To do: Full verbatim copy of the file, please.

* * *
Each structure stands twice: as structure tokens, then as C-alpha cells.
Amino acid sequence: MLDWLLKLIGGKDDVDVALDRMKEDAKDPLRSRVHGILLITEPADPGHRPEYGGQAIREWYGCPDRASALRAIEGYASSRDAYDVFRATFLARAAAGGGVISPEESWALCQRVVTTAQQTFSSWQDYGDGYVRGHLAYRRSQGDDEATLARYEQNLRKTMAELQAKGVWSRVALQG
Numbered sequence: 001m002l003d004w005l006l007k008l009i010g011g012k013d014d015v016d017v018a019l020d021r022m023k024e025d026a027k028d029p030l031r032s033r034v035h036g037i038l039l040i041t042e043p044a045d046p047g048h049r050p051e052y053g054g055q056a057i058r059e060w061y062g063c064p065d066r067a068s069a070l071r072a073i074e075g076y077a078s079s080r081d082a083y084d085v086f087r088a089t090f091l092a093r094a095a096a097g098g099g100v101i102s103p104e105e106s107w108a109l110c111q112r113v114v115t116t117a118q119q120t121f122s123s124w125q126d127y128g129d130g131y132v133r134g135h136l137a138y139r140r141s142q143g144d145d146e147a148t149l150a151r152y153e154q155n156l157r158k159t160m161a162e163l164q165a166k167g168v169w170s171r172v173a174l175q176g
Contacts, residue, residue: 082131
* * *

Each structure stands twice: as structure tokens, then as C-alpha cells.
Amino acid sequence: MLDWLLKLIGGKDDVDVALDRMKEDAKDPLRSRVHGILLITEPADPGHRPEYGGQAIREWYGCPDRASALRAIEGYASSRDAYDVFRATFLARAAAGGGVISPEESWALCQRVVTTAQQTFSSWQDYGDGYVRGHLAYRRSQGDDEATLARYEQNLRKTMAELQAKGVWSRVALQG
Numbered sequence: 001m002l003d004w005l006l007k008l009i010g011g012k013d014d015v016d017v018a019l020d021r022m023k024e025d026a027k028d029p030l031r032s033r034v035h036g037i038l039l040i041t042e043p044a045d046p047g048h049r050p051e052y053g054g055q056a057i058r059e060w061y062g063c064p065d066r067a068s069a070l071r072a073i074e075g076y077a078s079s080r081d082a083y084d085v086f087r088a089t090f091l092a093r094a095a096a097g098g099g100v101i102s103p104e105e106s107w108a109l110c111q112r113v114v115t116t117a118q119q120t121f122s123s124w125q126d127y128g129d130g131y132v133r134g135h136l137a138y139r140r141s142q143g144d145d146e147a148t149l150a151r152y153e154q155n156l157r158k159t160m161a162e163l164q165a166k167g168v169w170s171r172v173a174l175q176g
Contacts, residue, residue: 082131